The iron beasts sat poised, ready to chew through the ageless earth, to move aside the past with the first steps that would someday echo through history.
OK, so that’s a bit dramatic for a backhoe pulling up its first chunk of dirt to begin the construction of the new Luddy Hall on the corner of 11th and Woodlawn, but hey, it’s a big moment in the history of the School of Informatics and Computing. The 124,000-square-foot structure has been in planning for months, but now dirt is being moved to ready the land for the foundation of Luddy Hall to be laid. That work will take place over the next couple of months, and we’re only 18 months away from opening the building.
But every construction project begins with a scoop of dirt, and the beginning of the construction phase brings to an end the long months of the lot at 11th and Woodlawn serving as an empty mud hole.
Weddle Brothers Construction has begun the preliminary earth work and are conducting layout for the project. The crew found some additional foundations that had to be removed from the site, and the backhoes went to work pulling those out of the ground.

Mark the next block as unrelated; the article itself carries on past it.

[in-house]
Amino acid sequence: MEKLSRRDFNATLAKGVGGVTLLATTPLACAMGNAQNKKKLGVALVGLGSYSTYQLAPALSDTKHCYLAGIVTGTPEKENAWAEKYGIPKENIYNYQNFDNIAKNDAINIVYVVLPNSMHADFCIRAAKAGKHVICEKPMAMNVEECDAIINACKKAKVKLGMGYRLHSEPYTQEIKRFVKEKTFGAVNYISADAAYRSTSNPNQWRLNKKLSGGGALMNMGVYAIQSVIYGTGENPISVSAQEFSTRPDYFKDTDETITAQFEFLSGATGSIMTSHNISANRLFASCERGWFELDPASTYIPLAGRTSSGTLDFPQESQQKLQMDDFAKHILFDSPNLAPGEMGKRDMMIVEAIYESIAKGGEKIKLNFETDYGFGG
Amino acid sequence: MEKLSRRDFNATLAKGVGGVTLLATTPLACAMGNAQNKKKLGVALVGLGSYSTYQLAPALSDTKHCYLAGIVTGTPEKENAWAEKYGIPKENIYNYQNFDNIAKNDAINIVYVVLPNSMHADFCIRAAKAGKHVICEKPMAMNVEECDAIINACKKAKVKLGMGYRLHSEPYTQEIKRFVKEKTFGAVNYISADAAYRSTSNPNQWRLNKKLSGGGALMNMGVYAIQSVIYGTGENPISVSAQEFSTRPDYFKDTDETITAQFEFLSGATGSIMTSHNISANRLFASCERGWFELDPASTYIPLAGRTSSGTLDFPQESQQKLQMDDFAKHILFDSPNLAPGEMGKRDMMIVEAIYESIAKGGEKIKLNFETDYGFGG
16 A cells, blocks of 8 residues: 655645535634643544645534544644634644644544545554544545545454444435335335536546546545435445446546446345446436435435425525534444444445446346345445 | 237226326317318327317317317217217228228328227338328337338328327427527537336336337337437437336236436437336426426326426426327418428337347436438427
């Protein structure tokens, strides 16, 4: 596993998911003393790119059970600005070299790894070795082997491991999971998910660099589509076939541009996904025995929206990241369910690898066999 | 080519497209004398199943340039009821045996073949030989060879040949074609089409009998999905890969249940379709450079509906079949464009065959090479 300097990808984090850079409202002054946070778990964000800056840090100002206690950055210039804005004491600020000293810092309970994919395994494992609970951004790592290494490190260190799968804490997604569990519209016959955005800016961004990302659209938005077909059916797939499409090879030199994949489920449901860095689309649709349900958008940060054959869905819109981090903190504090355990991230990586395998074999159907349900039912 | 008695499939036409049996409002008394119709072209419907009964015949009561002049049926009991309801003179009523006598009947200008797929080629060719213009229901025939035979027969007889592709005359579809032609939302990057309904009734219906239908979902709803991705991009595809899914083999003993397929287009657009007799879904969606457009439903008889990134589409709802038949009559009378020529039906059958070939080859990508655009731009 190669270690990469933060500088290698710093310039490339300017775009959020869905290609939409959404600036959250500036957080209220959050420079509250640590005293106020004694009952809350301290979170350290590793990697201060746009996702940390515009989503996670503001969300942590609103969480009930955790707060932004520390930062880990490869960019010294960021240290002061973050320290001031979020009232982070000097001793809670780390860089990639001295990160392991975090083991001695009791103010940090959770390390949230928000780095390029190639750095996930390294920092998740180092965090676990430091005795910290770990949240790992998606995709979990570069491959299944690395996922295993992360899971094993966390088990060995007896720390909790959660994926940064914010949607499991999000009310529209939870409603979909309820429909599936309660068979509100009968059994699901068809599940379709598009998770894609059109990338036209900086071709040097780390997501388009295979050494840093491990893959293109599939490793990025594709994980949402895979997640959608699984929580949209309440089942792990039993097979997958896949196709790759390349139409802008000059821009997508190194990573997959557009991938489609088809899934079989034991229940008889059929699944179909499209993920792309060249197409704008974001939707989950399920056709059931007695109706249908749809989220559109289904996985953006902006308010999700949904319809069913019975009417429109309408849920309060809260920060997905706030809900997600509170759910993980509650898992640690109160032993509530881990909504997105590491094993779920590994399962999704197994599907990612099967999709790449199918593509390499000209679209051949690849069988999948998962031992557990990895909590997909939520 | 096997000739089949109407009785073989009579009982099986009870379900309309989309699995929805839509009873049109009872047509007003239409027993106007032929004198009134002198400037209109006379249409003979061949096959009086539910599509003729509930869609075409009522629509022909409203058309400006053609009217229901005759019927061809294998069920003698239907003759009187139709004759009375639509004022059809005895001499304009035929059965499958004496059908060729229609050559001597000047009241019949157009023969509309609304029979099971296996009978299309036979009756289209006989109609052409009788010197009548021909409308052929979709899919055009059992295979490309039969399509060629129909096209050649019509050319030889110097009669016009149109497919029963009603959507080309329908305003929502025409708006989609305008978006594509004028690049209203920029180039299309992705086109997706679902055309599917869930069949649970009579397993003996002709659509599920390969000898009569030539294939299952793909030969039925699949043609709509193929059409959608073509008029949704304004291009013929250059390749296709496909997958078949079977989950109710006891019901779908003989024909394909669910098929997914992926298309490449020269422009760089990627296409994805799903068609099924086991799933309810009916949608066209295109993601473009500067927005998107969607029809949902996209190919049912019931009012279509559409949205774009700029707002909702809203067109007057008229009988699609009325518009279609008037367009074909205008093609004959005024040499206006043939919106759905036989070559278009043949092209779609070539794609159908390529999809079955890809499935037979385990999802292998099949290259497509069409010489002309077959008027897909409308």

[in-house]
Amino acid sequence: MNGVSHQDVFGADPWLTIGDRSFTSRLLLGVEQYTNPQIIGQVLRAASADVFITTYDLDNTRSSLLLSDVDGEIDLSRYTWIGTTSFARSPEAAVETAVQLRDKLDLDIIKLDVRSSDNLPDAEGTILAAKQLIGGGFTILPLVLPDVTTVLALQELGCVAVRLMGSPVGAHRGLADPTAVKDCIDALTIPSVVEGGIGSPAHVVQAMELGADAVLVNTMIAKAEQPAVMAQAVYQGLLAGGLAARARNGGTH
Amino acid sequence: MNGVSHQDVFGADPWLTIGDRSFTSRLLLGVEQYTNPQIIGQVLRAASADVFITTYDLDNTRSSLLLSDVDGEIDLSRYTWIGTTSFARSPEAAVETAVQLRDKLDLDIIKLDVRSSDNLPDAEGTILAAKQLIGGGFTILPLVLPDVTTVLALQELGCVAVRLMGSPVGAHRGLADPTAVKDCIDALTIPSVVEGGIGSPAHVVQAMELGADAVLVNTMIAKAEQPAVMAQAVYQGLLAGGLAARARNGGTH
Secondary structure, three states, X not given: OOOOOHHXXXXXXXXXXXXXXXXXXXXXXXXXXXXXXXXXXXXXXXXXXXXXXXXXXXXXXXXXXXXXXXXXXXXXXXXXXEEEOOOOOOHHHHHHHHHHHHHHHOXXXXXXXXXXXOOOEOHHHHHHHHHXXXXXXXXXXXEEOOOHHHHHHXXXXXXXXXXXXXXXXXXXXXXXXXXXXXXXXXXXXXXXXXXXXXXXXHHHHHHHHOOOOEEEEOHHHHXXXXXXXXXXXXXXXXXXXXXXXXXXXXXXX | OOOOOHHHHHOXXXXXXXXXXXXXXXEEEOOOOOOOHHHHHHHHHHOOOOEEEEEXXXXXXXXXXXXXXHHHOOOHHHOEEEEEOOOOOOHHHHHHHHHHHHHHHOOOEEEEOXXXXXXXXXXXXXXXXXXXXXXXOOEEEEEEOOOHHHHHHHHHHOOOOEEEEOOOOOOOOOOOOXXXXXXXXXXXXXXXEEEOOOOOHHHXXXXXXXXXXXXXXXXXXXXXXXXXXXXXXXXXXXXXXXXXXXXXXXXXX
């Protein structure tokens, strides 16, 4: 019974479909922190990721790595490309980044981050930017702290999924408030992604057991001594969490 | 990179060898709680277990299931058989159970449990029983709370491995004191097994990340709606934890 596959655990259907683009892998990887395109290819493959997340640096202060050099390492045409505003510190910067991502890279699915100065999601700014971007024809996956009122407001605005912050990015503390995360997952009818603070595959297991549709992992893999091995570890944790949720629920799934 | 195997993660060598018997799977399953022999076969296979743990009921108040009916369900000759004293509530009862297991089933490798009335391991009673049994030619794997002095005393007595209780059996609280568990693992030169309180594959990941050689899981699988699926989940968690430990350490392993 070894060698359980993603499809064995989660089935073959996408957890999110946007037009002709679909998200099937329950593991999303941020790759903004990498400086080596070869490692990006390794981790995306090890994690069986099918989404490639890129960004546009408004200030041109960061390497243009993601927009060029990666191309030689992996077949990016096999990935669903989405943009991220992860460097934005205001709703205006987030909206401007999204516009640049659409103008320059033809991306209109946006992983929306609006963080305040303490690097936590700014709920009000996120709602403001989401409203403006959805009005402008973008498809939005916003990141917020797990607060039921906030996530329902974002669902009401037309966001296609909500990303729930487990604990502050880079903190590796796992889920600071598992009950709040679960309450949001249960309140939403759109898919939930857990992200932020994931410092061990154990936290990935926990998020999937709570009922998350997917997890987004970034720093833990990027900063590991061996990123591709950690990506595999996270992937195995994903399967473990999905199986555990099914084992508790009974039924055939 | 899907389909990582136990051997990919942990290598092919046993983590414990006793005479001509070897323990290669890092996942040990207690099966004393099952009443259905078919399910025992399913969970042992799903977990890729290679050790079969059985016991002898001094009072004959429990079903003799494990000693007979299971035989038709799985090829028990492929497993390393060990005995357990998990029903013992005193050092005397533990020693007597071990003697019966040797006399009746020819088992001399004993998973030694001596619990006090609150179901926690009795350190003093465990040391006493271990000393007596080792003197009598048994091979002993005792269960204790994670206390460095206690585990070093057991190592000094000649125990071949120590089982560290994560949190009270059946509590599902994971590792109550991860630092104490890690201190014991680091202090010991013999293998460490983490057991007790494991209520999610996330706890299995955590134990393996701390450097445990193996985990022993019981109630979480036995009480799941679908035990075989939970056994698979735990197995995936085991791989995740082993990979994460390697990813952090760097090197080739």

Because it’s Dead Week on the IU campus with finals looming next week, the construction crew is under some noise restrictions. The jackhammers to do some of that work won’t be put into action until May 2 at the earliest, and that’s when the real work will start to be seen (and heard).
Meanwhile, the process is underway to set up a video camera to allow the public to view the construction in progress. It’s part of a campus-wide initiative to keep the public informed, and other ongoing projects can be found here. The construction camera for Luddy Hall, which will be installed atop the Geology Building, will be available in the near future.
Also coming up in the next week or so will be better erosion control on the site, and the construction fence will also be erected. The fence will remain in place for the remainder of the construction. Also, look for construction trailers to be moving in near the site.
It’s an exciting time for the $42.4 million project. Check back with the Luddy Blog for updates through the completion of the project!